Church urges foster care
Published 10:23 pm Friday, May 27, 2016
No child should be without a family — or a community.
That belief is the driving force behind Community Church’s new foster care initiative, The Village, said Amanda Powell, chief operating officer for Community Church.
More than 1,000 children across Hampton Roads are in foster care — and there are many others that agencies are trying to place into the foster care system, said Powell.
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Through The Village, Community Church is helping families navigate the cumbersome process of becoming foster parents, according to Dawn Sutherland, the church’s communications director. The Chesapeake church is streamlining the process by bringing multiple social service and foster agencies together at the Jolliff Road church for training and information sessions.
In addition to increasing the number of foster families, the church wants to build strong support networks around the foster families, Sutherland said.
“We’re trying to remove all the obstacles that come along out of the way … with healthy, sustaining care communities,” Sutherland said. “We want all children to feel value and to feel the love of Jesus.”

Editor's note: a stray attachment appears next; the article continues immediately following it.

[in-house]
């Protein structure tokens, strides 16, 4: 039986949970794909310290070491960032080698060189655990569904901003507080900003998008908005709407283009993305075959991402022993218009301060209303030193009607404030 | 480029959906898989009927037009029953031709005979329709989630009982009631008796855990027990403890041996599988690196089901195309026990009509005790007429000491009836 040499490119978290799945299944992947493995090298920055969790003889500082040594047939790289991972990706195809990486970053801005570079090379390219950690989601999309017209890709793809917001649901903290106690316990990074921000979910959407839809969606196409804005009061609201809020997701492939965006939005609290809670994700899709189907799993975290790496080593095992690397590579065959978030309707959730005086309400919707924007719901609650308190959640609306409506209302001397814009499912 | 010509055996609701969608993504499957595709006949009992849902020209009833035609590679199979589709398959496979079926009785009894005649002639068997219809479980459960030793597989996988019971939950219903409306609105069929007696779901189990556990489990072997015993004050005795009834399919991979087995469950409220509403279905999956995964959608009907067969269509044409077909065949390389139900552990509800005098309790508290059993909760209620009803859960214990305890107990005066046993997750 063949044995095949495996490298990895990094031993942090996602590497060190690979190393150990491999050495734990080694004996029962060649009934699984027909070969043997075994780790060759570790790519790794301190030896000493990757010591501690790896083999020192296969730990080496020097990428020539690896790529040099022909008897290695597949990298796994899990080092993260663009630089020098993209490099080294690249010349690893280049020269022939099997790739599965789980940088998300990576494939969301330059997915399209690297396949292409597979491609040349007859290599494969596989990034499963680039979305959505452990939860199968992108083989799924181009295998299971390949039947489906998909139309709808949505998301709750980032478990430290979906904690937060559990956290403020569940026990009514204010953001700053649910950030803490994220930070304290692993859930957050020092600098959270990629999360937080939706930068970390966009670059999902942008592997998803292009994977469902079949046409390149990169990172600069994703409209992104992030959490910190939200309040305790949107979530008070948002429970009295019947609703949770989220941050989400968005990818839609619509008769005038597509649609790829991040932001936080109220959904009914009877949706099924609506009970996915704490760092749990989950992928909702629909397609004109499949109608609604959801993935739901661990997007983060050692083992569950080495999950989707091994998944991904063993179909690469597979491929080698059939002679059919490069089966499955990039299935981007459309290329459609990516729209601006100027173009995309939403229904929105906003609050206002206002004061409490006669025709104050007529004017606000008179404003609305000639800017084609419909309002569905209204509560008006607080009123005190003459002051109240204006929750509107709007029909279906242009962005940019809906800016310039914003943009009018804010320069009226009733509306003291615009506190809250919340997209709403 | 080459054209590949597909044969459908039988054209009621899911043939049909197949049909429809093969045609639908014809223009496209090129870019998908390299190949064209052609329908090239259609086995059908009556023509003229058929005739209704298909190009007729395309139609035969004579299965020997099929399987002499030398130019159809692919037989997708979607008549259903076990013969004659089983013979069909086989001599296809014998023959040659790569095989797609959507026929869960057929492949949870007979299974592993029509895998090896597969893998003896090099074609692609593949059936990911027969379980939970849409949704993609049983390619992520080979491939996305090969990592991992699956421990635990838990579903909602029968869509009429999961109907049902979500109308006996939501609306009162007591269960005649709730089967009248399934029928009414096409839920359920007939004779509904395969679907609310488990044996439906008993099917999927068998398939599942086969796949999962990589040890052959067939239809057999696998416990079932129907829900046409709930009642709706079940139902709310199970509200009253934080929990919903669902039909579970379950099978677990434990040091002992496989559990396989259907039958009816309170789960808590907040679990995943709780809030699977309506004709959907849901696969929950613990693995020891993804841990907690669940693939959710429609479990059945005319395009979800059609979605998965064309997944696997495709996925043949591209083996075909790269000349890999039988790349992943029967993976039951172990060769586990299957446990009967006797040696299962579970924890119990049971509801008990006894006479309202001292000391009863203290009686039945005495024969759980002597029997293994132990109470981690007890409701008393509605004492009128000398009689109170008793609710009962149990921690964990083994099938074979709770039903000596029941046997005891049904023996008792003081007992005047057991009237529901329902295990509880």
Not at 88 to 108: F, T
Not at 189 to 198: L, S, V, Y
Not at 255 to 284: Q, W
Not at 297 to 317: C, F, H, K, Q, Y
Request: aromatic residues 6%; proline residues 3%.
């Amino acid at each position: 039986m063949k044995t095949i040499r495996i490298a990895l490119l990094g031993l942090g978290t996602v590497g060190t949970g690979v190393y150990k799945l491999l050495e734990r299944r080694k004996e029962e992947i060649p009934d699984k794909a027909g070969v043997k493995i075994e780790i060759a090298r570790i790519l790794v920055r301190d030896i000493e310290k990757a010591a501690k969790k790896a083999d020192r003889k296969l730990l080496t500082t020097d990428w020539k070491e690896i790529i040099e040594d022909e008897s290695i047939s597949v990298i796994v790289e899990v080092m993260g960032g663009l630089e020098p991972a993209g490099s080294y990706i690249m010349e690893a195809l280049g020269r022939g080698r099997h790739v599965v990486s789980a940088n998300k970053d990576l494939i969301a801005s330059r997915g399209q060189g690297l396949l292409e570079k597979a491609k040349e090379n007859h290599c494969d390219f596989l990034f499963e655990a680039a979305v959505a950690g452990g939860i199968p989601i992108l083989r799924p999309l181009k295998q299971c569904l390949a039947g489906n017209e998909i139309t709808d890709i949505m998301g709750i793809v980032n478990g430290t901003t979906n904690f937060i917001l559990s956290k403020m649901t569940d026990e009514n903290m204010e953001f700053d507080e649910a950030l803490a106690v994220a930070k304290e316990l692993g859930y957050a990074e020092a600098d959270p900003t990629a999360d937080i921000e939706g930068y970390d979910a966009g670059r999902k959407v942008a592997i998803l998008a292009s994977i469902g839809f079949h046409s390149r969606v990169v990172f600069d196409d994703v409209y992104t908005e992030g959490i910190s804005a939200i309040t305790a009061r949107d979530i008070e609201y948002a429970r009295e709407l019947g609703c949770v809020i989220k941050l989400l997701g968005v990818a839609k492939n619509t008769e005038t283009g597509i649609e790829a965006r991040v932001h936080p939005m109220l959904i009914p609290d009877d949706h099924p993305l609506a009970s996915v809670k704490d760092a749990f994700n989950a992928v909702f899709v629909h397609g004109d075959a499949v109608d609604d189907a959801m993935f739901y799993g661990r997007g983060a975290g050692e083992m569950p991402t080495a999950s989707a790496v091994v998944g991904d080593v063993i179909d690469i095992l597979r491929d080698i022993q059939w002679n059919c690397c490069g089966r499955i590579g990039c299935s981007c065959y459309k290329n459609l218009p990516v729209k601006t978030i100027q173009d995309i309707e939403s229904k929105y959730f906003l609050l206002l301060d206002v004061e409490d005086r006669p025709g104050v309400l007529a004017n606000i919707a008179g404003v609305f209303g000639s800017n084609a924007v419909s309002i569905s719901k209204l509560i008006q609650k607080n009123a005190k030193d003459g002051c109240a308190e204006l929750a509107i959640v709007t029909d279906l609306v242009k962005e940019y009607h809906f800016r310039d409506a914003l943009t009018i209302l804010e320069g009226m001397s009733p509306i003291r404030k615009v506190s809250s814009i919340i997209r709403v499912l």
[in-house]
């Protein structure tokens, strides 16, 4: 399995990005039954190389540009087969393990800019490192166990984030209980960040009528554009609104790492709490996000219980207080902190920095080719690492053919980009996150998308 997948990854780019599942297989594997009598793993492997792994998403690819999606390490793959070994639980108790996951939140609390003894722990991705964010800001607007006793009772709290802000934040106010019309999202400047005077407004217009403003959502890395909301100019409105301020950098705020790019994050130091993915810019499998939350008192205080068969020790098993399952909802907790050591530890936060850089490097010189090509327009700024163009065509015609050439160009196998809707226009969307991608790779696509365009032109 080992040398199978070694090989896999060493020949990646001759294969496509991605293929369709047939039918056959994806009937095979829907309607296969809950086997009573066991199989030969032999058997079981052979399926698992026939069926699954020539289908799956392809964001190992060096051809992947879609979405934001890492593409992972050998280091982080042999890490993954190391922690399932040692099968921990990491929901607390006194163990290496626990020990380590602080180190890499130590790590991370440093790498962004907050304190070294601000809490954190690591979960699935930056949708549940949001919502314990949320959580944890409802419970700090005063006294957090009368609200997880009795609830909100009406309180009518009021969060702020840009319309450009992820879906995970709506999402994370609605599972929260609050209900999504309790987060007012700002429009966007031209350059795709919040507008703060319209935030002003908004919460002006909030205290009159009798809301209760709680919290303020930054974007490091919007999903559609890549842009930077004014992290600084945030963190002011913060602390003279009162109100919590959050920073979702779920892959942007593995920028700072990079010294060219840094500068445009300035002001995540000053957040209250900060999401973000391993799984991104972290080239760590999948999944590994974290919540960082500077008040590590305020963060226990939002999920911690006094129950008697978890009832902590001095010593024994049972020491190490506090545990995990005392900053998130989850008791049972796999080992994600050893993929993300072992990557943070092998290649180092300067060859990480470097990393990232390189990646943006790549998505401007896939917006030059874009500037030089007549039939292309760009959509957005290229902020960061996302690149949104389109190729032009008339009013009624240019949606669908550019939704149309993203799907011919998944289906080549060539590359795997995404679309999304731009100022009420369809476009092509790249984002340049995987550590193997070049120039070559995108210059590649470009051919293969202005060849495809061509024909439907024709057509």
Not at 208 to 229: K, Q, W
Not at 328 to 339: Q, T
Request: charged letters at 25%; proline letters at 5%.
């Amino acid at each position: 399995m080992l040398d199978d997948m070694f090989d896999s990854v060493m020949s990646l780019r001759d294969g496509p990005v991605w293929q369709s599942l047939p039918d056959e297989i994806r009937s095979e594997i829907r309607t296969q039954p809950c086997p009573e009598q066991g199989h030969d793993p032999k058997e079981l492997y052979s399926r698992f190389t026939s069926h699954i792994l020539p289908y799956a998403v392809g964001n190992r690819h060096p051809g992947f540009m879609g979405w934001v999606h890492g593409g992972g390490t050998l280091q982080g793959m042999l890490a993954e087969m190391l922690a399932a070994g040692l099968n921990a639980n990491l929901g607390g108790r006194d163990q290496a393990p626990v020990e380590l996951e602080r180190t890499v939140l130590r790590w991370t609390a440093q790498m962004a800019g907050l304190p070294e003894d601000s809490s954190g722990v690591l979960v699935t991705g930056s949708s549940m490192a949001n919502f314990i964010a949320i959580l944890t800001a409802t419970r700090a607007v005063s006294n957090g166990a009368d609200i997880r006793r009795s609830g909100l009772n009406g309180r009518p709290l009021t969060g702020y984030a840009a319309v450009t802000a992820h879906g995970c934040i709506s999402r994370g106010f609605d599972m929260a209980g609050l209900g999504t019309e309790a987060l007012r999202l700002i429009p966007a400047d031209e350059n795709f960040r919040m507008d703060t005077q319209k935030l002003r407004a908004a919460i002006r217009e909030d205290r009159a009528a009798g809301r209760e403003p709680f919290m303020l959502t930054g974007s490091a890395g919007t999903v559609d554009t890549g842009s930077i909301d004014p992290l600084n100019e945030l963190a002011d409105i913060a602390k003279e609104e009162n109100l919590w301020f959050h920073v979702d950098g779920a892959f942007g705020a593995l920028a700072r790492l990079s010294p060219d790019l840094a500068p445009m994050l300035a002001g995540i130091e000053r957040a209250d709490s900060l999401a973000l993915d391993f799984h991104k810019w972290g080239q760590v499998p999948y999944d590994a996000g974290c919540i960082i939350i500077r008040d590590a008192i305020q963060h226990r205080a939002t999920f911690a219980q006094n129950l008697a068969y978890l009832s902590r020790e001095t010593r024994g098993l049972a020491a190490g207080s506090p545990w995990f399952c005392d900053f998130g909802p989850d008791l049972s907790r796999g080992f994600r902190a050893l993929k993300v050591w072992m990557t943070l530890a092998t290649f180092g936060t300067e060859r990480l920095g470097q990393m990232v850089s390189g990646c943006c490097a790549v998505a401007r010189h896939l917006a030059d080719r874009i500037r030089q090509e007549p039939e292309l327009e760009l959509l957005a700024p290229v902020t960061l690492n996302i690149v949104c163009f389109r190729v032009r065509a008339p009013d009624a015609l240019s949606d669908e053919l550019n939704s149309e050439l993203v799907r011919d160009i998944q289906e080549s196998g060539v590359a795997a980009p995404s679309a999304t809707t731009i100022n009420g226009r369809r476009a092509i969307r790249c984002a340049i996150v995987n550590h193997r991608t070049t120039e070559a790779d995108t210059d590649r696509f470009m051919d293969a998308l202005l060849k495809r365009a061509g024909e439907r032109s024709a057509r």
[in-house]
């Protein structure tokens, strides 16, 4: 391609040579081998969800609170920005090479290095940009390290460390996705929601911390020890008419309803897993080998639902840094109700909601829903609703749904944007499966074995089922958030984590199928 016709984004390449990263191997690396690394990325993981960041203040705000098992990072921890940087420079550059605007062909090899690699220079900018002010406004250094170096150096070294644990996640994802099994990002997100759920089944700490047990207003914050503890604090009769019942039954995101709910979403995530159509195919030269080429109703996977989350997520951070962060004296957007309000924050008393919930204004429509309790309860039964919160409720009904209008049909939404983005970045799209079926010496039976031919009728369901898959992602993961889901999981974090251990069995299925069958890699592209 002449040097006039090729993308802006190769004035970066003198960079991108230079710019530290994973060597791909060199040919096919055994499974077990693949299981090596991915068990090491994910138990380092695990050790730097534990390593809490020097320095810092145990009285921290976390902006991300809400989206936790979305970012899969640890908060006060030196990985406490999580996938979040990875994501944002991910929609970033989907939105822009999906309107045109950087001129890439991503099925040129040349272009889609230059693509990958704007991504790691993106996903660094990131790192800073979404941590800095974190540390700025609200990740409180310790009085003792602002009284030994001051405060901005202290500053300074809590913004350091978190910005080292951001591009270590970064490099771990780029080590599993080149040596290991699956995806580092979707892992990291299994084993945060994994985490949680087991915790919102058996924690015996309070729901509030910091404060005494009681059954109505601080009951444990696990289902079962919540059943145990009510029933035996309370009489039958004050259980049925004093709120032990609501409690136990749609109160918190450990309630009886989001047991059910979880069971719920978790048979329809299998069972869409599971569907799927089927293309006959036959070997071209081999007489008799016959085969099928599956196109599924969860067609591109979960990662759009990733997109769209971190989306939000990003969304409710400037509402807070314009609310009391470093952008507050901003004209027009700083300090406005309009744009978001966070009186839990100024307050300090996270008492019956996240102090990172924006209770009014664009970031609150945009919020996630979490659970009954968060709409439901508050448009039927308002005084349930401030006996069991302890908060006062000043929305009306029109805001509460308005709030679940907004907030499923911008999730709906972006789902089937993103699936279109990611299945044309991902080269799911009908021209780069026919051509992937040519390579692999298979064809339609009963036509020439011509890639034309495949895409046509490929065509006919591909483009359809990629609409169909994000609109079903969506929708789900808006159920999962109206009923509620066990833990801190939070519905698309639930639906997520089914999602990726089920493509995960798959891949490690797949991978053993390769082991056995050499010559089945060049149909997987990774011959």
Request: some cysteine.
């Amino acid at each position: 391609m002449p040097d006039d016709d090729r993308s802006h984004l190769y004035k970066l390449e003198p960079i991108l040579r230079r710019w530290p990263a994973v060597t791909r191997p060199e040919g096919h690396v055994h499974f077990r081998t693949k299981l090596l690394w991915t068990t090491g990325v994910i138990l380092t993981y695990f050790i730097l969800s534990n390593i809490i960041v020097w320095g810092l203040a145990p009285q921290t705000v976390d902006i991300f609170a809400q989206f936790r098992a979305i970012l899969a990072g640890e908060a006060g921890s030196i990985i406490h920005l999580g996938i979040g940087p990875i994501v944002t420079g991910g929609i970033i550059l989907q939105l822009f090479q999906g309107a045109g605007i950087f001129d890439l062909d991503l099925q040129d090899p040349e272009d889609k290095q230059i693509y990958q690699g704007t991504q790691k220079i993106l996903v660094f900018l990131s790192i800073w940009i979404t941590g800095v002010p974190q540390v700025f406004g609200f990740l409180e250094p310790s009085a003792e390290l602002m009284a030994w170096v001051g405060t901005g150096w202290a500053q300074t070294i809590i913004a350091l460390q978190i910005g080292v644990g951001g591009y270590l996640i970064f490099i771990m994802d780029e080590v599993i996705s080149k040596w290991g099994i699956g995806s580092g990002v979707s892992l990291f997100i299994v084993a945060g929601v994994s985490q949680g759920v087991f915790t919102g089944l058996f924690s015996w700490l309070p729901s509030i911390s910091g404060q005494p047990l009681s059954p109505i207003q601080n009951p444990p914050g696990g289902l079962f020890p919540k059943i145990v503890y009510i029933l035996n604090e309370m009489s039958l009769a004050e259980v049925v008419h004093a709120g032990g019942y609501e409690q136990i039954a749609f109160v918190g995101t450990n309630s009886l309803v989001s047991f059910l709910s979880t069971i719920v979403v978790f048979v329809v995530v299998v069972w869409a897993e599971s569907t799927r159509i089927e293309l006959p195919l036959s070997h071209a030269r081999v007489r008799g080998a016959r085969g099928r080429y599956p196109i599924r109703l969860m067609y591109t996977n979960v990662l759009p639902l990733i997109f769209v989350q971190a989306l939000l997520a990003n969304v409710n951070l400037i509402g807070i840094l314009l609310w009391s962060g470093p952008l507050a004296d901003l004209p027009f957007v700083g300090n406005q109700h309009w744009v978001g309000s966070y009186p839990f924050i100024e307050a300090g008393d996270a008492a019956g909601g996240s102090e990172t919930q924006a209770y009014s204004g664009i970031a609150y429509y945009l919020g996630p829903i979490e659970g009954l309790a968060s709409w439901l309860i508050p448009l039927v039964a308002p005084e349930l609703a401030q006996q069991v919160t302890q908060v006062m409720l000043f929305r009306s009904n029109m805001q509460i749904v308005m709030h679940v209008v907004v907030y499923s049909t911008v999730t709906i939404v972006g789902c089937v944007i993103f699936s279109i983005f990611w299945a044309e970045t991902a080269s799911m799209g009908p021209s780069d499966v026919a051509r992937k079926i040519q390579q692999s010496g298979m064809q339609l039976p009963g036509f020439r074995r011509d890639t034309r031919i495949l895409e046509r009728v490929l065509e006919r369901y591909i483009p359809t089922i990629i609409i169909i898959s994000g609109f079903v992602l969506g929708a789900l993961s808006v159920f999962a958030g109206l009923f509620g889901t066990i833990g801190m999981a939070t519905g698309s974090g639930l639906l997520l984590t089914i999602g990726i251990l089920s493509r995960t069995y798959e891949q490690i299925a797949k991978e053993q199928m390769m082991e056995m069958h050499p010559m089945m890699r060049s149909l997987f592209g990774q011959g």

Foster families provide healthy, stable homes for children between infancy and age 18, according to Sutherland. Ideally, children would only be in foster care until the birth family’s issues are resolved and changes made, she said.
Foster families would also go through 16 to 30 hours of training, depending upon the foster agencies’ requirements.
Community Church is also pairing each foster family with a respite family, who would take on a role similar to that of an aunt, uncle or grandparent, Powell said. They would be asked to provide overnight care for the foster child at least one weekend a month.
Respite families would also go through 16 to 30 hours of training, she said.
Also, each foster family would have four or five supporting mentors who would act as family friends, Powell said. They would mentor foster children and help out the foster family by providing child care, transportation or meals two or three times a month.
All applicants would go through background checks, either with Community Church or through the various foster agencies and social service department that are participating, Sutherland said.
Although the program has been in works for the past 10 months, the church launched it publicly in May, Sutherland said. So far, 160 people have signed up to participate in some way.
There are other ways people can volunteer with The Village, she said. For example, volunteers are making backpacks for social workers to give foster children and painting and redecorating visitation rooms at Portsmouth Social Services, she said.
The community is welcome to join in The Village, Sutherland said.